Although her previous novel, The Summer Without Men, was solely occupied by women, she writes as a man a fair bit. “I like writing as both. You have a position of greater authority as a male voice. As a woman you’re writing from the side, marginalised. Some of us have Utopian fantasies that won’t always be the case.”
As a Freudian, she believes “sexuality is far more slippery than people think. I understand that for oppressed groups sexual identity is hugely important, and of course some people just want to sleep with men or women, but my feeling is that it’s pretty squishy. I have never had sexual relationships with women, but I have never liked theoretically boxing people into categories. As an artist my impulse is to kick against received knowledge.”
In the past 12 years Hustvedt has immersed herself in neuroscience: “I’m not a neuroscientist but I can read and understand the papers.” Does her interest stem from her own problems? “It’s fair to say, had I not had my migraines since childhood and various neurological issues I would probably not have become so interested.”
She has noted a personal root to many professionals’ interest: “The psychiatrist with the schizophrenic sibling or parent, for example. I was told the proportion of neurologists suffering from migraines is higher than in the general population.”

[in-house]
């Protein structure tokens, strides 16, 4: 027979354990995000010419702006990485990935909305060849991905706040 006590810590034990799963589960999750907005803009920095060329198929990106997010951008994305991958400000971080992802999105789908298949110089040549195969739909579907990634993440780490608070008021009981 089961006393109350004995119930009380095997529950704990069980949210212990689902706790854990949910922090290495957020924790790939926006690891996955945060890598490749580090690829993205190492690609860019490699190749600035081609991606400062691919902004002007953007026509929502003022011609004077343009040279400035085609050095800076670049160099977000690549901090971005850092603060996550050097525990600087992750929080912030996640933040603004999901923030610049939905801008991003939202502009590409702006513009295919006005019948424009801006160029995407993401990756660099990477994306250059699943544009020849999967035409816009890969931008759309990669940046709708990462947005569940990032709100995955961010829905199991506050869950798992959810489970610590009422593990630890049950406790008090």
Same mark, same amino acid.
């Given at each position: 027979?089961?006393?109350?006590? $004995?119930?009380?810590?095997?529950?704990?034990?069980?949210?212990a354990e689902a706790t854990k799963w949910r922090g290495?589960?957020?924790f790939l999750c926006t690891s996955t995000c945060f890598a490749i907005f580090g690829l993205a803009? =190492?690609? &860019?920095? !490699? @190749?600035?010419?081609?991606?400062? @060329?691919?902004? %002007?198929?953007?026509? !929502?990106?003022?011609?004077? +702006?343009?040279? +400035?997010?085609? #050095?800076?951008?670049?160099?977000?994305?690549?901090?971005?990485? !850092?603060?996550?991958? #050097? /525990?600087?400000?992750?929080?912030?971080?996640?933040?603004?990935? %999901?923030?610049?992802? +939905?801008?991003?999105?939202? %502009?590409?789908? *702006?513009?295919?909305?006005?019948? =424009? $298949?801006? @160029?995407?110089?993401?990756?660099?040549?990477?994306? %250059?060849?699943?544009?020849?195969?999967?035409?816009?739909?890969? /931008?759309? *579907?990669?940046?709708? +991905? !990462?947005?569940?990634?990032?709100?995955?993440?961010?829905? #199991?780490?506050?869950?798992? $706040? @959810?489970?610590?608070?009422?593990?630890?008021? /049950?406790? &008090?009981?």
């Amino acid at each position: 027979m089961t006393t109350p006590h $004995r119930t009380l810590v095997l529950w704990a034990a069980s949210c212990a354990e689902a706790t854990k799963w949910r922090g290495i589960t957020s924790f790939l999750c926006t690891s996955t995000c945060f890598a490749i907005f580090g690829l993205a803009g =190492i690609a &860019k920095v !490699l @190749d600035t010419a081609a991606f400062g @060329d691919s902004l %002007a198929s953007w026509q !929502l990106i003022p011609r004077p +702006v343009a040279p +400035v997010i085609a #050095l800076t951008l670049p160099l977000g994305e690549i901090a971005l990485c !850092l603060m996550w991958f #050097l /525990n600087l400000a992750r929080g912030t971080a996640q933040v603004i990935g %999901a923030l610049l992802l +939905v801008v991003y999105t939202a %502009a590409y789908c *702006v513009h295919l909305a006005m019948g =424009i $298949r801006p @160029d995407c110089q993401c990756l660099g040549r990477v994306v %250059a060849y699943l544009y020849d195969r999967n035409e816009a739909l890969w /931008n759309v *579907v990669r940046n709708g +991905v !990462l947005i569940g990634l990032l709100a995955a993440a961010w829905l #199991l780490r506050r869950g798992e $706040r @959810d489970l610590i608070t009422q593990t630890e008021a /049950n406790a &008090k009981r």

An “extremely sensitive” child, Hustvedt, the eldest of four daughters, “like so many migraine children” couldn’t go on carnival rides. “I would think, ‘How can these children be having fun when you could throw up at any moment?’ I always had a feeling of difference.”
She drew, and later feasted on books: David Copperfield was an early touchstone. She first read Freud, “though who knows how much I understood?”, at 16: “What fascinated me was his survey of the archaeology of the mind.”
Hustvedt’s fourth novel, The Sorrows of An American, featured sections of her father’s journal. They were close, she says, though “I was attached to my father, if not distantly, then in not quite as involved a way as my mother. It was a classic, older-style family. He read What I Loved later in life, loved it and I cried. I think I always wanted that closeness with my father: an intimacy, mutuality, not father-daughter but almost like a camaraderie — though he was always proud of me and kept all my good reviews.”